Additionally, no mutation was found in the 37 patients with fALS.
KIF5A, belonging to the KIFs, is mainly expressed in the neurons. Missense mutations in the N-terminal globular motor domain and central stalk domain have been identified to be associated with autosomal dominant hereditary spastic paraplegia (HSP) and Charcot-Marie-Tooth disease type 2,5 while splice site mutations in the C-terminal binding domain of KIF5A were found in fALS.3 4
In our study, we identified four mutations in the C-terminal cargo binding domain of KIF5A among 960 Chinese patients with sALS. KIF5A mutation accounted for 0.41% (4/960) of Chinese patients with sALS.
Interestingly, missense mutation c.3068 T>G [p.F1023C] has been reported to be associated with autosomal dominant HSP by Illumina Clinical Services Laboratory previously (www.ncbi.nlm.nih.gov/clinvar/RCV000263091/). However, our patient carrying the p.F1023C mutation exhibited classical clinical and electrophysiological manifestations of ALS and died of respiratory failure at 7-month disease duration. Therefore, the p.F1023C mutation might be associated with both ALS and HSP; further studies are needed to ascertain the mechanism. Two splice site mutations found in the current study were also described in Caucasian ALS population,3 which suggests that these splice site mutations may be a common cause for ALS both in the Caucasian and Chinese populations. Among these patients carrying the C-terminal cargo binding domain in KIF5A reported in our study and previous studies,3 4 most of them showed a late age of onset, except three patients who had an age of onset younger than 40 years old. Interestingly, the patients carrying the C-terminal binding domain mutations in the Caucasian population exhibited a longer survival time than patients in our population. This discrepancy can be explained by the difference in the genetic background.
Unlike the previous studies in Caucasian population,3 4 we failed to identify any disease-causing mutations in the fALS cohort, which may be due to the small sample size of our fALS cohorts. Further studies with a larger sample size are needed. Additionally, further studies from different ethnic populations are also necessary.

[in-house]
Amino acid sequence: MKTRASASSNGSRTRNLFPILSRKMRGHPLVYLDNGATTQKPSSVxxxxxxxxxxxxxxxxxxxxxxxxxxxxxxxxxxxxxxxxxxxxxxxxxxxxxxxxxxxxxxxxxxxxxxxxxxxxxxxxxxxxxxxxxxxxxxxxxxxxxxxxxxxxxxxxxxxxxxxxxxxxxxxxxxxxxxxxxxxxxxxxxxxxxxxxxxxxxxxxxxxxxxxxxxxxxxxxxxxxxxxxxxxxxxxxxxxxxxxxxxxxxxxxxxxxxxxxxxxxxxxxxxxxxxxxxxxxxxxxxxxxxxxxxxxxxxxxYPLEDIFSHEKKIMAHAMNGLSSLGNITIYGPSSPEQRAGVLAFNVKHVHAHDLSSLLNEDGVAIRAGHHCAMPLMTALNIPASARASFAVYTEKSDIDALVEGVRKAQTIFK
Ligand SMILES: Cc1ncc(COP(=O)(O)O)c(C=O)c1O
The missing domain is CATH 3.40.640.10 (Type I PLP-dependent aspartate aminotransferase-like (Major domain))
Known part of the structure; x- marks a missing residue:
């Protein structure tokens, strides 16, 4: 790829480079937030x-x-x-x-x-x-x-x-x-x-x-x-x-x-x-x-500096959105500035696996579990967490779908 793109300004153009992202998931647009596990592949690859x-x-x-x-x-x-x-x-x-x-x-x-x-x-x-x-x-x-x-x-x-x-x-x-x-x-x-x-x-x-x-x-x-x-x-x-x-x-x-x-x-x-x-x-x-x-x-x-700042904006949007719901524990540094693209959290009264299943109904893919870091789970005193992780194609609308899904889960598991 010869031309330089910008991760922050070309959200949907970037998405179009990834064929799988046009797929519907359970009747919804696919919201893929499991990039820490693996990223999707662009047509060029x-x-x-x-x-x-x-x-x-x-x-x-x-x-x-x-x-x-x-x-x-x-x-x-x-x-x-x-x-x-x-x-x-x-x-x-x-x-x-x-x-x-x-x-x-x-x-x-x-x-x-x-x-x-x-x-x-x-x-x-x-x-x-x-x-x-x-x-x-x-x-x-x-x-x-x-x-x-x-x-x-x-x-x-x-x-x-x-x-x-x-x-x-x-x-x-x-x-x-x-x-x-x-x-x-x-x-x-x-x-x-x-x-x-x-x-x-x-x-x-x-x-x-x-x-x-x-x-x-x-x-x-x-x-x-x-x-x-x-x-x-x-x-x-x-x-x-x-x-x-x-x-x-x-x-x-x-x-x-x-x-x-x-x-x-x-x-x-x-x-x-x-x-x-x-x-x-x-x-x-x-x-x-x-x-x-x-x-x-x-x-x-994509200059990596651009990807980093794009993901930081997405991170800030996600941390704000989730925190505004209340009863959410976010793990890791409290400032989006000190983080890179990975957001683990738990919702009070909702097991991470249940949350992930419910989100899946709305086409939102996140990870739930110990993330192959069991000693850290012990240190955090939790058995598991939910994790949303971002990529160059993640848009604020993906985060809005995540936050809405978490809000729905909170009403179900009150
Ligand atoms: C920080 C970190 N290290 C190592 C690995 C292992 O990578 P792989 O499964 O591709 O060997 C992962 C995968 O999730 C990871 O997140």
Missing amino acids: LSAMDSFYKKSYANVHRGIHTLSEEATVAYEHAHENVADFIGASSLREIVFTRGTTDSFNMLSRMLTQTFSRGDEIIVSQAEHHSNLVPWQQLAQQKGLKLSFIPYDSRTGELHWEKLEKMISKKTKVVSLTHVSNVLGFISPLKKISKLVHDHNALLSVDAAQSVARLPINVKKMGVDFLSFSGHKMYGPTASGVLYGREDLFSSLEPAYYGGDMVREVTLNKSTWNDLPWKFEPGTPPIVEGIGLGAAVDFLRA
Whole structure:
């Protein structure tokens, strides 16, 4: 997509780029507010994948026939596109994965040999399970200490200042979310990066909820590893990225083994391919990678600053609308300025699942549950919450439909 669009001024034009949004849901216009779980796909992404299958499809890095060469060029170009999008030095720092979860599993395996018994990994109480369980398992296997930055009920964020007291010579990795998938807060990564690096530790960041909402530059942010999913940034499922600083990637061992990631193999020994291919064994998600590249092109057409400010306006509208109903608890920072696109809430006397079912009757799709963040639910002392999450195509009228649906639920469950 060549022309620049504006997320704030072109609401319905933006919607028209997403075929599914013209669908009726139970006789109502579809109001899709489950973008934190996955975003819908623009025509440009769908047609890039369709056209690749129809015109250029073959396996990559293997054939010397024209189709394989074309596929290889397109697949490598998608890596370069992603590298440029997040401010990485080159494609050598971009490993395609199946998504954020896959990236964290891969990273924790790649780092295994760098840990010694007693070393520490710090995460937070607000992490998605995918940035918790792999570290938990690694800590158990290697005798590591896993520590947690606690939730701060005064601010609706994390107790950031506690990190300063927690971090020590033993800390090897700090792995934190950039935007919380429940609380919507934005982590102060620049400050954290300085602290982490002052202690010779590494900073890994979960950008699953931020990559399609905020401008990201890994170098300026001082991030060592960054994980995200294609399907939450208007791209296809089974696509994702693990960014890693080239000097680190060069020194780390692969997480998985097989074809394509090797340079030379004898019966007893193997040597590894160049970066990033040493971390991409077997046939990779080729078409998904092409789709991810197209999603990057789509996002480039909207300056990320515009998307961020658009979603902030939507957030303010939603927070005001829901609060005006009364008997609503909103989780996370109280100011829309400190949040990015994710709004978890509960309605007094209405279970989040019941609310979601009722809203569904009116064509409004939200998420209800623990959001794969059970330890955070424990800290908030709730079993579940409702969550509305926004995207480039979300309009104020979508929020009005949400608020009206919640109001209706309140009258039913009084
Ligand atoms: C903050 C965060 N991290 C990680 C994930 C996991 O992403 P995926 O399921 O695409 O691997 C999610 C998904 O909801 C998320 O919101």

This is the first and largest study exploring the mutation frequency and clinical features of the C-terminal cargo binding domain of the KIF5A in Chinese patients with ALS. KIF5A mutation accounted for 0.41% (4/960) of Chinese patients with sALS, which suggests that KIF5A is an uncommon cause of ALS in the Chinese population. However, our findings expanded the genotypic and phenotypic spectrum of the C-terminal cargo binding domain of KIF5A in ALS, and further provided evidence of the important role of C-terminal cargo binding domain in KIF5A in the pathogenesis of ALS.
XG and CL contributed equally.
Contributors XG, CL and H-FS designed the study. XG, CL and YC performed the experiments and data analysis. XG and CL wrote the manuscript and H-FS revised the manuscript. QW, BC, RO, XY, YH, LZ, HL, YW, WS, BZ and XC collected clinical information for all the participants.
Funding This work was supported by the National Science Fund of China (grant no 81571247) and the National Key Research and Development Program of China (grant no 2016YFC0901504).
Competing interests None declared.
Patient consent Not required.
Ethics approval The study was approved by the Ethics Committee of Sichuan University.
Provenance and peer review Not commissioned; externally peer reviewed.